The Court is committed to working with criminal justice, social service, alcohol and drug, and mental health partners to address some of the underlying causes of and recidivism related to criminal behavior in adults and juveniles. Criminal justice research on both the national and local levels has documented the challenges facing the criminal justice system when only punitive approaches are used to curtail criminal behavior. The research indicates that traditional criminal justice sentencing and probation strategies are often not effective with adult defendants and juvenile offenders who have underlying drug and alcohol problems, mental illness and behavioral disorders. Collaborative justice, also called therapeutic and problem solving courts, have been in operation in many parts of the country and California for more than a decade and have achieved some impressive results in identifying and resolving the underlying issues that often lead to criminal behavior. Through intensive monitoring of adult defendants and juveniles, they are often able to resolve their personal issues and are restored to leading law abiding lives. All therapeutic courts in Marin are 'post plea', meaning that defendants have to plead guilty before being admitted to the therapeutic court program to serve their probationary periods.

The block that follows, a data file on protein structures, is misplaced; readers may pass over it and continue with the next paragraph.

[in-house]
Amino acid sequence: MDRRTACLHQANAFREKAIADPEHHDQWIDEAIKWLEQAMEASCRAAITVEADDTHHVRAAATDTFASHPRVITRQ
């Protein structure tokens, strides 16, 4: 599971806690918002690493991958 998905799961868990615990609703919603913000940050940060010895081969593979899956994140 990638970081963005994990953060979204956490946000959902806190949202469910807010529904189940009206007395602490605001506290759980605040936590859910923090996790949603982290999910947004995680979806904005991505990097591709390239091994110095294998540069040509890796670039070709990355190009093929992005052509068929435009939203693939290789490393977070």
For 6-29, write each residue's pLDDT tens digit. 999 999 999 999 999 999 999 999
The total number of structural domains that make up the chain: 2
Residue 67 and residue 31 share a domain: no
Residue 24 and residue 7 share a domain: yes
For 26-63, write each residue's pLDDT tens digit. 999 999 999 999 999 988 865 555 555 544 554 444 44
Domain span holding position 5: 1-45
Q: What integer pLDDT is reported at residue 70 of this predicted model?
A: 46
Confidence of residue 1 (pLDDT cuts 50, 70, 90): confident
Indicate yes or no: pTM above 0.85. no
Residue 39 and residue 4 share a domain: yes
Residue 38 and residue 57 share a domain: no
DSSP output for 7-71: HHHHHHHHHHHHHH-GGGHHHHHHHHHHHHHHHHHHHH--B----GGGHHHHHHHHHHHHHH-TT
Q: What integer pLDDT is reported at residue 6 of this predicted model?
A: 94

As the name suggests, collaborative justice courts are designed using a collaborative or "team" approach. These programs have as their primary focus the offender, rather than victims or community. They are collaborative in that the programs set aside the adversarial processes of the traditional system, and allow defense attorneys, district attorneys, probation officers and treatment staff to work together to supervise program participants' behavior. While the judicial officer makes the final determination on what will happen in a given case, the "team" has more significant input than in a traditional system, and the expectation is that the collaboration of this group will lead to more effective decisions to assist an offender in making lasting changes in behavior. Team members strategize about how to provide more monitoring, support and services to these defendants to ensure that they comply with the terms of their probation and fulfill all therapeutic requirements of the program such as attendance at drug and alcohol programs, drug testing, regular medication monitoring, participation in batterers' programs and other activities designed to assist these individuals in establishing healthy, productive, law abiding lives.
The philosophy of restorative justice acknowledges that crime injures victims and their families, offenders and their families, and communities. Restorative courts seek to "repair the harm" caused by the crime. Restorative justice is based on principles of offender accountability to victims and community protection. Restorative practices have been proven to be effective with youthful offenders, since the nature of these crimes is often less serious than crimes committed by adult offenders. Youth courts are in operation across the country and these courts are growing in popularity.
- Youth Court